Many more examples of medications causing anxiety like symptoms can be found, and as you can see, even medication for treating anxiety sometimes causes these symptoms. Over the counter medications can do the same thing. Bronchodilators, decongestants, caffeine, and cold remedies are some prime culprits. Even the astonishingly popular energy drinks crowding convenience store shelves can easily trigger a cascade of anxiety like symptoms such as flushing, palpitations, jitteriness, and dizziness.
In fact, though I sort of hate to admit it, a few years ago I began to experience an unusually rapid pulse and tightness in my chest while seeing a client in my office. For a moment I wondered if I was having a panic attack though I’d never had one before and I couldn’t for the life of me figure out what would have triggered such an attack right then. After I thought about it a little longer, I realized that I’d probably taken a little too …
You can’t read a newspaper, click on an online news site, listen to the radio, or watch a television newscast without seeing or hearing something about the economy in a recession. Unemployment this month has reached over eight and a half percent with many areas on the country seeing more than 10 percent of its population out of work. Men and women are both faced with the mounting stress of feeding their families, looking for work, watching their houses go down in value, and looking at dwindling retirement savings.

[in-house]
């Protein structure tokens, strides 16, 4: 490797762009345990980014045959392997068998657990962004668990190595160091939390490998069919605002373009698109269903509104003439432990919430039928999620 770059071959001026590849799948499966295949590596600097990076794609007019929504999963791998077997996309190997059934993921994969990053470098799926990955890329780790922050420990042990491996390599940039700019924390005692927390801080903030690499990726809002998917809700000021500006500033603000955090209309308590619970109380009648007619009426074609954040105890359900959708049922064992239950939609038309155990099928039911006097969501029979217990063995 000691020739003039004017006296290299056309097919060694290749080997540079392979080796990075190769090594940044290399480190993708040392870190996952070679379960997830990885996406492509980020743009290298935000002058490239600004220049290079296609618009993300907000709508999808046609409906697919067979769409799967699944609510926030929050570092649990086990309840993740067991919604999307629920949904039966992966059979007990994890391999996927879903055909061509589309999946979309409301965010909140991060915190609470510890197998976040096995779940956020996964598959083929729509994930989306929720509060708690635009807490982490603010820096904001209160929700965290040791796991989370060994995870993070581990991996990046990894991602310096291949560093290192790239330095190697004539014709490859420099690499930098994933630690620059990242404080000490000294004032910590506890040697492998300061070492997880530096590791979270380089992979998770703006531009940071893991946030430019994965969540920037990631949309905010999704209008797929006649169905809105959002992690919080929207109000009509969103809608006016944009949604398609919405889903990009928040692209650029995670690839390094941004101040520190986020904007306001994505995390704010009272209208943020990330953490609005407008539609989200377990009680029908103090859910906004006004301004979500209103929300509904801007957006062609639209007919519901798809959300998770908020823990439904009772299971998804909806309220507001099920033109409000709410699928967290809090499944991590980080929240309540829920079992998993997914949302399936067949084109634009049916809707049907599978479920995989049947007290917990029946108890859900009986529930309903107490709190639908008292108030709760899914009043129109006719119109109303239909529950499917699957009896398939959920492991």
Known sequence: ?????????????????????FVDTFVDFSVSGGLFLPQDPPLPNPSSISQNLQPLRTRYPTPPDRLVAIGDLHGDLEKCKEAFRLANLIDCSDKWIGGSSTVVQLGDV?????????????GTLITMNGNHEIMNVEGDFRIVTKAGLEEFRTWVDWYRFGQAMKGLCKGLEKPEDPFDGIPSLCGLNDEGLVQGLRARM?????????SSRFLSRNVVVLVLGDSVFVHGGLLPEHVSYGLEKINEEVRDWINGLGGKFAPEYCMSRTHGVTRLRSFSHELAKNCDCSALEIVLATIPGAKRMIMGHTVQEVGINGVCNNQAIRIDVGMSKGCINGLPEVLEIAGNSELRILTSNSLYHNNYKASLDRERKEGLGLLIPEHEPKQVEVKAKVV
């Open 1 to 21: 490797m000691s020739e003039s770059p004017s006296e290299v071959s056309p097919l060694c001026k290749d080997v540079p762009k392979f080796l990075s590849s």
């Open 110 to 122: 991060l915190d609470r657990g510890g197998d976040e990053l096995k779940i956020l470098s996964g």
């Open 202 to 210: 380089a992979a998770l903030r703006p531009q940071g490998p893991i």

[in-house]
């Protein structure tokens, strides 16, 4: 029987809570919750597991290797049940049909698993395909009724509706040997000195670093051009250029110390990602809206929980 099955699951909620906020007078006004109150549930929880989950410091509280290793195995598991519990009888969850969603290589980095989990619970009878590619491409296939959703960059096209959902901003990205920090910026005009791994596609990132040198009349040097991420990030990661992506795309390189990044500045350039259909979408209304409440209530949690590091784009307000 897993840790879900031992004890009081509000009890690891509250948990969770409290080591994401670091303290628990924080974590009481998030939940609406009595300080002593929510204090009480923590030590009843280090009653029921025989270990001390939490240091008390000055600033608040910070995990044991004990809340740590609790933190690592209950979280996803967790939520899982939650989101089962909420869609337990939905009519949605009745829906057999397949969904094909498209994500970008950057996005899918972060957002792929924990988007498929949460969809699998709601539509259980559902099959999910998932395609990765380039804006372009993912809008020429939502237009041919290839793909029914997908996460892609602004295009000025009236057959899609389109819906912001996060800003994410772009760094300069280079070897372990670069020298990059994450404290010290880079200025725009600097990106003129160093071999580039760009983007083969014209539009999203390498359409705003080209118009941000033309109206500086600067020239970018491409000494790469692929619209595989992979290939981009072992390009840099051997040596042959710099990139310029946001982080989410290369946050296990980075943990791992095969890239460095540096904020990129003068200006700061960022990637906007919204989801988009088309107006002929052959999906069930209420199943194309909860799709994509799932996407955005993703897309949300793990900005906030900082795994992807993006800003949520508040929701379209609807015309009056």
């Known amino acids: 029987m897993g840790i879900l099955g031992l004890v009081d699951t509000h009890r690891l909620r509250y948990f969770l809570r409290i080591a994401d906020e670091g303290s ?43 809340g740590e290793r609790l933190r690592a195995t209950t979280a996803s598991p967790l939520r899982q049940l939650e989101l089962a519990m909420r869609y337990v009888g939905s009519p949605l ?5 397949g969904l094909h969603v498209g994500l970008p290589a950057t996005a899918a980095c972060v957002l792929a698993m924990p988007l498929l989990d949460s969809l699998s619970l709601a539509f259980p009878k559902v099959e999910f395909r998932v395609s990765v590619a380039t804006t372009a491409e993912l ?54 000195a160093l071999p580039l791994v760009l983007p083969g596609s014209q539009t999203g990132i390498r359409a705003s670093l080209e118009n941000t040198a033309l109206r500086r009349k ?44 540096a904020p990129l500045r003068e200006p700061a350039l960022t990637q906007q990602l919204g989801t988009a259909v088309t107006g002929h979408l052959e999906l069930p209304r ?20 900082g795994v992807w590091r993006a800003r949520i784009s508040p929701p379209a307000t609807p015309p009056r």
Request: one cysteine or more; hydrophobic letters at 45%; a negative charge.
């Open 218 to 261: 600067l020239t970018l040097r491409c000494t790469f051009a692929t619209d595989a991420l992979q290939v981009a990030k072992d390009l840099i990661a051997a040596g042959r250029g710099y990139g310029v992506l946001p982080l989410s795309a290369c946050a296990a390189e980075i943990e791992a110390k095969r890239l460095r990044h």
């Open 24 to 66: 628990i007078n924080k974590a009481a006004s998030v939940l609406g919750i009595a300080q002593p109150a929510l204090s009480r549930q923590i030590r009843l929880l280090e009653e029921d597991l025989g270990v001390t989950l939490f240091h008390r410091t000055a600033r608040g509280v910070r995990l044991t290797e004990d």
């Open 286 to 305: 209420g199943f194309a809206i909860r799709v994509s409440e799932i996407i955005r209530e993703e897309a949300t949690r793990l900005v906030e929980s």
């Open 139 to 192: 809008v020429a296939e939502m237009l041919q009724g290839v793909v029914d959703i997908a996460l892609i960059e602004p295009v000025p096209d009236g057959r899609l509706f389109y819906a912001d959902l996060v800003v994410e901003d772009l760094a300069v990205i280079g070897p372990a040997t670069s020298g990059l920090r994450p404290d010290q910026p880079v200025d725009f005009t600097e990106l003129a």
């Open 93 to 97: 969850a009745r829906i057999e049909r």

A recent telephone survey sponsored by the American Psychiatric Association found that women are reporting significant increases in negative mental health symptoms in the past months. Women throughout the United States were interviewed along with a large sample of women in Clinton County, Ohio. The Ohio sample was included because the people of Clinton County have experienced a higher than average loss of employment due to DHL eliminating more than 5,000 jobs.
The results of this survey suggested that the higher rates of unemployment and wage cuts in Clinton County, Ohio have indeed increased the levels of stress, anxiety, irritability, sleep problems, and frustration in women. For the women in that area who have not experienced a job loss, the fear of losing a job and the stress of seeing friends and neighbors suffering raises their levels of anxiety. A smaller but still significant level of increased stress was also found in the country wide survey.
Women who experience anxiety tend to push their worries aside and focus on their families. They are likely to forgo their own needs in favor of making sure that their families are taken care of. At the same time, many of the women sampled said that they are spending more time with their families and friends and engaging in positive activities.